Linda Casillas used to wake up at 4 a.m. every day just to do her makeup in high school.
“I would wear a full face – fake eyelashes, contour, colorful eye shadow,” the third-year art history student said.
Now, Casillas says she usually keeps her makeup neutral, but still expresses her artistry through her Instagram page, which features bright color palettes and themed designs – including an outline of Royce Hall adorning her eye, rimmed with yellow and blue eye shadow at the bottom.
The first inkling of her passion arose in middle school, she said, when she began watching online tutorials and, being particularly insecure about her eyebrows, playing with makeup. Later in high school, Casillas joined a dance team and started investing more time into her craft, helping her teammates with their makeup and sharing her work on Instagram.
Casillas, along with other students, has contributed to a growing community of makeup artists at UCLA who display their vibrant creations online. Though each has their own story of developing their passion for their craft, Casillas cultivated her skills through an artistic background.
She attended an arts high school in the San Fernando Valley that focused on the visual arts. She said she found a link between the things she was learning in class and her newfound hobby.
“I started finding that there was a connection between painting and makeup artistry, so I tried to combine my love for both of them – trying to do creative looks on my face and using my face as a canvas instead,” she said.
Casillas typically gets the inspiration for her own looks from other makeup artists on Instagram such as James Charles and Nikkie de Jager, widely known as NikkieTutorials on social media. In addition to the passion they have for their artistry, Casillas appreciates how the beauty influencers can be both avant-garde and natural in their styles, she said. Currently, the beauty industry focuses more on skin care and a healthy complexion in lieu of more experimental makeup. And though Casillas is interested in adopting this trend, she said she still loves crafting bold looks, one of her favorites being a dark, Halloween look, complete with black lipstick and black glitter eye shadow.
Second-year biochemistry student Olivia Watters said she doesn’t think these vibrant designs will go out of style because she is consistently inspired by what people can do with makeup, be it a new technique or a crazy color scheme. Like Casillas, Watters said she doesn’t often wear the looks on her Instagram page, such as rainbow gradient eye shadow or black lipstick, on the day-to-day. However, she still showcases them for parties and donned them this summer while working at Ulta Beauty. She often would take pictures of her extravagant makeup in the car just before heading into work, a couple of which she posted on her page, she said.
“I personally will always have love for colorful looks,” Watters said. “I might not do them all the time, but I think people are fascinated by them. But the intimidation factor, and the fact that it’s not super normal to wear teal eye shadow on a normal basis just scares people, and that’s why people don’t really want to try it.”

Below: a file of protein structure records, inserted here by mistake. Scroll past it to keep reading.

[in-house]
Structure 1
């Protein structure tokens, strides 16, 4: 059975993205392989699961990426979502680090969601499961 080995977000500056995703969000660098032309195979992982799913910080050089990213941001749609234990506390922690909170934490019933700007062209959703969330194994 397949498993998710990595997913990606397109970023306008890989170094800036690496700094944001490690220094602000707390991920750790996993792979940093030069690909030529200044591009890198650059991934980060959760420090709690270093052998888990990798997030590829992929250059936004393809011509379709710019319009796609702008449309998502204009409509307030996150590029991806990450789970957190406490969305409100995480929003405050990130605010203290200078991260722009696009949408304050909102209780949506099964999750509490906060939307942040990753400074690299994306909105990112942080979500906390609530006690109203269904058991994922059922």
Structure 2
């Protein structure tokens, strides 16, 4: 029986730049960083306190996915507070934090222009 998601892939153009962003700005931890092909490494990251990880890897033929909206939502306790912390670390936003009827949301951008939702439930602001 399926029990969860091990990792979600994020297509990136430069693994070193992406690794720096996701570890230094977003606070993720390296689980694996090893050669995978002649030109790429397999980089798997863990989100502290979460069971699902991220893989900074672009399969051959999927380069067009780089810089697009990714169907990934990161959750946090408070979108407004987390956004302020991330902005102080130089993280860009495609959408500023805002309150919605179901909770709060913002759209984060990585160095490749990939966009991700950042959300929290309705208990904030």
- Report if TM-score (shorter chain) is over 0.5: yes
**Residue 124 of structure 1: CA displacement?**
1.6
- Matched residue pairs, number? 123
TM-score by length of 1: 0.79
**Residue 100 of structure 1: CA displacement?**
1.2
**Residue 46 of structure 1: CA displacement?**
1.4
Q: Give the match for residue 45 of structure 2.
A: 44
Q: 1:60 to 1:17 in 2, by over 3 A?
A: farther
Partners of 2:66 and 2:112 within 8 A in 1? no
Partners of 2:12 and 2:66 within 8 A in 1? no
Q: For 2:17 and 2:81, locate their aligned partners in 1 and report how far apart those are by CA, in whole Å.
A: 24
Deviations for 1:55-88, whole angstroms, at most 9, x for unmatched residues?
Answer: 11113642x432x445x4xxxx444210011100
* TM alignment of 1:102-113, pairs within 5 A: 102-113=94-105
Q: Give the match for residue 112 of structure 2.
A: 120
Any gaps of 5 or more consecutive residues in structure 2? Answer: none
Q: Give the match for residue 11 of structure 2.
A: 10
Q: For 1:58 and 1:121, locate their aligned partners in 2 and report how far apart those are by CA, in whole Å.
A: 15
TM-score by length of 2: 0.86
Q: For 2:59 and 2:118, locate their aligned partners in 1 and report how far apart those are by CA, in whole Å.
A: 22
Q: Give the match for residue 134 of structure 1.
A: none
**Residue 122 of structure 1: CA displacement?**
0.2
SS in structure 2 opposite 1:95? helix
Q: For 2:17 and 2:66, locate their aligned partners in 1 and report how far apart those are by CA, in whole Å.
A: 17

Watters began watching beauty YouTubers like Jackie Aina during her sophomore year of high school and would use her paychecks to buy makeup and recreate their looks. The de-stressing activity soon became one she shared on Instagram. Though Watters doesn’t hesitate to go out sans makeup, she said it still serves as a remedy for times when she feels like she is in a rut.
“On this journey with makeup and my own journey towards self-confidence, makeup helped prop me up a little bit for me to be able to come into my own … now I’ll walk around without makeup. I don’t care, I still think I’m that chick but it just really helps me sometimes get out of a rut if I’m feeling sad.” Watters said.
Serena Truong, president of Beauty and Cosmetics at UCLA, used to have a negative perception of makeup, thinking people who chose to wear it were too focused on their looks. However, the third-year sociology student realized makeup had a therapeutic effect in addition to a transformational quality and liked the idea of using it as an expressive and artistic way of presenting oneself. Though she usually reserves makeup for events or going out, sometimes it helps boost her mood to put on things such as fake eyelashes and purple, sparkly eye shadow on days when she’s not particularly keen on going to school, she said.
Instagram isn’t the only way people display their work. Truong said she was impressed by users on the short video platform TikTok who drastically changed their appearances using tools such as plaster and inserts in addition to makeup.
“I think that’s what really sparked this change of, ‘This is my face – I can do whatever I want,’” Truong said.
In general, Truong said she values the communities that have congregated around beauty – ones in which people can share their tips and techniques without judgement. Keanu Balani, a third-year political science student, has garnered more than 38,000 Instagram followers with his tutorials and holiday-inspired looks. He said that makeup has given minority communities, such as men who wear makeup, a way to express themselves.
“It’s a blessing because it’s given me and so many other people a platform to share our art and our creativity – it has normalized, in a sense, the trend of makeup,” he said.
Casillas also admires the inclusiveness of the industry, especially since her interest in makeup manifested when makeup for males became more popular, she said. She said she values the one-size-fits-all quality of cosmetic artistry.
“It’s an art form, and I think that’s something that everyone can appreciate, no matter what their race is, their gender (or) their background (is),” Casillas said. “I feel like art is universal, and everyone can appreciate it.”